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Heijen-Aachen Line Campaign
Part of Western Front, World War II
Belgium Front February 26 1945Belgium Front February 27 1945
Front lines, February 26 and 27
Date February 26-March, 1945
Location Belgium and Netherlands
Result Allied victory
Belligerents
British Roundel Britain
Canadian Roundel Canada
French Roundel Free French
Flag of Wehrmacht Germany
*Flag of Wehrmacht Dutch SS
*Flag of Wehrmacht Belgian SS
Commanders and leaders
British Roundel Bernard Montgomery Flag of Wehrmacht Gerd von Rundstedt
Flag of Wehrmacht Walter Model
Flag of Wehrmacht Hans Felber
Flag of Wehrmacht Gustav-Adolf von Zangen
Units involved
21st Army Group Army Group B
Strength
500,000 troops 300,000 troops
Casualties and losses
no reliable estimates no reliable estimates
The Heijen-Aachen Line was a German defensive position that stretched from Heijen in the Netherlands, south through far eastern Belgium, and ending at Aachen in the southern Netherlands, devised by Gerd von Rundstedt. The defensive position was held by Army Group B, led by Field Marshal Walter Model, and it lasted two days.

Background Edit

The OKW devised a new defensive line in the Belgium Front to hold back the Western Allies, with over 300,000 German troops defending the position. The defensive position reached from Heijen in the north of Holland through the south, through Belgium's northeastern section, and down to Aachen, a key city in the Netherlands. The commander in the west, Gerd von Rundstedt, placed Field Marshal Walter Model in charge of the Heijen-Aachen Line, as he was the commander of Army Group B, the largest body of German troops on the Western Front. The Germans had supply lines that extended from Griendtsveen to Venray, Rips, Helmond, and Panningen, giving them a constant source of bullets, weapons, missiles, troops, vehicles, and tanks. The Germans had little replacements available, however, since the German young males who were eligible for the draft were sent to the Eastern Front, as many of their divisions were swallowed whole in Soviet offensives. Thus, von Rundstedt had to mainly rely on the Belgian SS and Dutch SS's conscripts to defend the line. One of these soldiers was Anton Ahlers, a suspect behind the Betrayal of Anne Frank to the Green Police and Dutch security forces.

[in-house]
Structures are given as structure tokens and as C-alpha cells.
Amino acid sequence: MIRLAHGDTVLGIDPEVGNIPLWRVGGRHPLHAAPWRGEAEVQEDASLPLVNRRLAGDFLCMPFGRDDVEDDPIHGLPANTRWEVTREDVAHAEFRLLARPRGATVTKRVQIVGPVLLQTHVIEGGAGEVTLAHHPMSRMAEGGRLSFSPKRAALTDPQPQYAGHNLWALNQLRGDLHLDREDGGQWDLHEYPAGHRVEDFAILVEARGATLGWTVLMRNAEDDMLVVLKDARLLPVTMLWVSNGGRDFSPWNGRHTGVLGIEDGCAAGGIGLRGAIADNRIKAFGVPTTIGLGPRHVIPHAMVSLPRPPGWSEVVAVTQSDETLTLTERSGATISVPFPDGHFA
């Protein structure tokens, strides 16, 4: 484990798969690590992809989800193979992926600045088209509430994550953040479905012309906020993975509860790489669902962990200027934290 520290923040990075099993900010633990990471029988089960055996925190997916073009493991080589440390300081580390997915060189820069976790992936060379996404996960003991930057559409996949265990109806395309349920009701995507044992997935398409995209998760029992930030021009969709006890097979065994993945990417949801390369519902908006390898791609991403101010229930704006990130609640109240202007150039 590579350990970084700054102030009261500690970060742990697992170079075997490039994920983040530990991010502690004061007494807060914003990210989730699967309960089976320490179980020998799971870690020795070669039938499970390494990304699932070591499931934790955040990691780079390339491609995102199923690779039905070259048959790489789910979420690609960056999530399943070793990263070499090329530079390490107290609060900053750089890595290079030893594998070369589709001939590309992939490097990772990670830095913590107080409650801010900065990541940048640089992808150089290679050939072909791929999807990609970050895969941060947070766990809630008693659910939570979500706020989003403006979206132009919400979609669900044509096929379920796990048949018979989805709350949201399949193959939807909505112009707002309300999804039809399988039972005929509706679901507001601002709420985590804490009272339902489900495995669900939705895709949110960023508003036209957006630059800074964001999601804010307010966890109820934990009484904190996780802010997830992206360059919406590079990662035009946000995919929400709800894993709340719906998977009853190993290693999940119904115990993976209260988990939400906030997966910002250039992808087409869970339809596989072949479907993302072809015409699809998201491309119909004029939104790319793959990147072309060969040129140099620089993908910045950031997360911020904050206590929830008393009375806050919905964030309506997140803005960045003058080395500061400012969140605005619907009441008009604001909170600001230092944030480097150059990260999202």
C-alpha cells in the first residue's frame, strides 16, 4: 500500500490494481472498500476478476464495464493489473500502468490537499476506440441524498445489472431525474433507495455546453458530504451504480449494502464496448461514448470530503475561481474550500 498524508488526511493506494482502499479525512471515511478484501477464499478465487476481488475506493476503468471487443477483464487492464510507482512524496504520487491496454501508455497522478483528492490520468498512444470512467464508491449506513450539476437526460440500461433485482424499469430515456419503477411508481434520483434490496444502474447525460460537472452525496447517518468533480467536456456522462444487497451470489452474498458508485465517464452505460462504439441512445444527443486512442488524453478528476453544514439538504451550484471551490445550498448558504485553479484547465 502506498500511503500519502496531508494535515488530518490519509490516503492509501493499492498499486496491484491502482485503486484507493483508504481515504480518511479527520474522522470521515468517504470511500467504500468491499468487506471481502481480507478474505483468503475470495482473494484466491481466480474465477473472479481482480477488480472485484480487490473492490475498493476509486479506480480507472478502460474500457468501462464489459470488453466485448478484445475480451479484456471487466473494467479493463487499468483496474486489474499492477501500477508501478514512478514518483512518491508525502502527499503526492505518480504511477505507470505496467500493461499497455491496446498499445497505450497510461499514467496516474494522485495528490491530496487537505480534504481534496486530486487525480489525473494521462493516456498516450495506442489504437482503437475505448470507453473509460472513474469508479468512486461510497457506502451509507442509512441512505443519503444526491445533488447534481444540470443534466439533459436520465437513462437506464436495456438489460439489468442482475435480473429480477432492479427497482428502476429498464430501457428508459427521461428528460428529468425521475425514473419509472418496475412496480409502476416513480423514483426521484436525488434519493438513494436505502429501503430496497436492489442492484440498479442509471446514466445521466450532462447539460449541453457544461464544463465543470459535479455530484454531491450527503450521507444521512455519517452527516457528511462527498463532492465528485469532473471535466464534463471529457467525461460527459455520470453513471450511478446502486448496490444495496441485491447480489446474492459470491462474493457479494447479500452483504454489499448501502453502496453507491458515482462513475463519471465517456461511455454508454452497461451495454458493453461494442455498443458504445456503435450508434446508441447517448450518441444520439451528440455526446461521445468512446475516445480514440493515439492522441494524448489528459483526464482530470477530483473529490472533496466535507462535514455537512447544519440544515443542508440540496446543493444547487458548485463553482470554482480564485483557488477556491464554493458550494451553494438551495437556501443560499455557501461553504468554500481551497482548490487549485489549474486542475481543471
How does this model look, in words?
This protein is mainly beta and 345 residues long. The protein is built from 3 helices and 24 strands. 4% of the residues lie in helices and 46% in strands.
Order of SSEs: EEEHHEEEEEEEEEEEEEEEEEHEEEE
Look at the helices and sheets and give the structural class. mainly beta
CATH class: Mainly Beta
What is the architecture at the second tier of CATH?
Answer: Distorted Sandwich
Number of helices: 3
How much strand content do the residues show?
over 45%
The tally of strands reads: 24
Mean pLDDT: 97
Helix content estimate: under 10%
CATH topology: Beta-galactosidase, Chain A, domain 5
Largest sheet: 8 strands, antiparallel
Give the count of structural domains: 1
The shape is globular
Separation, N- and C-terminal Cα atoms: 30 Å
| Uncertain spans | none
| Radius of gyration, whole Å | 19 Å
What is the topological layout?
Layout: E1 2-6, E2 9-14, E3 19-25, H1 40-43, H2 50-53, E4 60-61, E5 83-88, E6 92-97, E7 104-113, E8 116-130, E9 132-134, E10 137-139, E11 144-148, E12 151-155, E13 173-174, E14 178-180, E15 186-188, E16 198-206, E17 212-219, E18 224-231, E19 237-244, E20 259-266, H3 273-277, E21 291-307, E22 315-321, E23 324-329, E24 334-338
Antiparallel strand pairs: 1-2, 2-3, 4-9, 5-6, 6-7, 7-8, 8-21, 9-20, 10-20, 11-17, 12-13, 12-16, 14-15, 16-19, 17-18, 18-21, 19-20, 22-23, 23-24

The Allied commander Bernard Montgomery had to deal with the line in order for his 21st Army Group to continue the clean sweep through the Netherlands, as the British, Canadians, Americans, Norwegians, Dutch, Belgians, French, and Czechoslovakians faced an impediment in the Heijen-Aachen Line. The Allies had 500,000+ troops, including the British 2nd Airborne Division, the Canadian 3rd Division, the 1st Czechoslovak Brigade. The British recieved a constant flood of reinforcements from Britain and France, and they outnumbered the Axis forces. Montgomery was permitted to go on the offensive by Eisenhower and SHAEF, and he liberated the many towns abandoned by the Nazi soldiers, who withdrew to the new defensive line.

Campaign Edit

Belgium Front March 1 1945

Situation, March 1, 1945.

In the early hours of February 26, 1945, the Germans attacked the British-held town of Peer, as the Germans had intercepted a British radio message that the Canadian 3rd Division was to attack the German line first. The British and Canadians held fast, assisted by Charles De Gaulle's Free French troops. The Allies destroyed the German attacking force, and they attacked the towns of Achel, Maaseik, and Sittard, and seized the key strongholds of the line. The Allies then pushed the line back to Panningen, creating the Weert Pocket. The Germans made attacks against the Allies at Achel and Maaseik, but they failed. Next, the Allies attacked Eind and Helmond, pushing the German lines back even more. The Germans then attacked Roermond, an Allied-held town, but the British destroyed the German attack. From Hurtgenwald, the Allies counterattacked towards Aachen, even though Hurtgenwald was beyond the Heijen-Aachen Line, and their attack was beaten back. From Heerlen, they attacked towards Sittard, a British-held town, and their counterattack was beaten off again.

After the failed counterattacks of February 26-27, the British attacked Aachen, with heavy street fighting ensuing. The British and Canadians secured the Kornelimunster Airfield, which was the key airfield of Aachen, and a counterattack by the German 300th Division and the Walther Model Division was defeated with heavy losses. The Germans, Nazi Dutch, and Nazi Belgians were forced back, and they made two counterattacks from the towns of Griendtsveen and Rips towards Veghel and Helmond, which were also defeated. In the process, the German 331st Division was destroyed.

Belgium Front March 3 1945

Front lines, March 3

Afterwards, the British and French forces made a counterattack which took over most of the German lines, and further German attacks were defeated by the Allies. The Germans attacked Heijen and Venray, while Frnech troops attacked the town of Goch on the Holland Front, pushing the Germans back. Heijen remained in German hands until a spirited Allied attack on March 4, and the German OKW started withdrawing their frontline units from the Holland Front and Belgium Front, relocating them to Germany.

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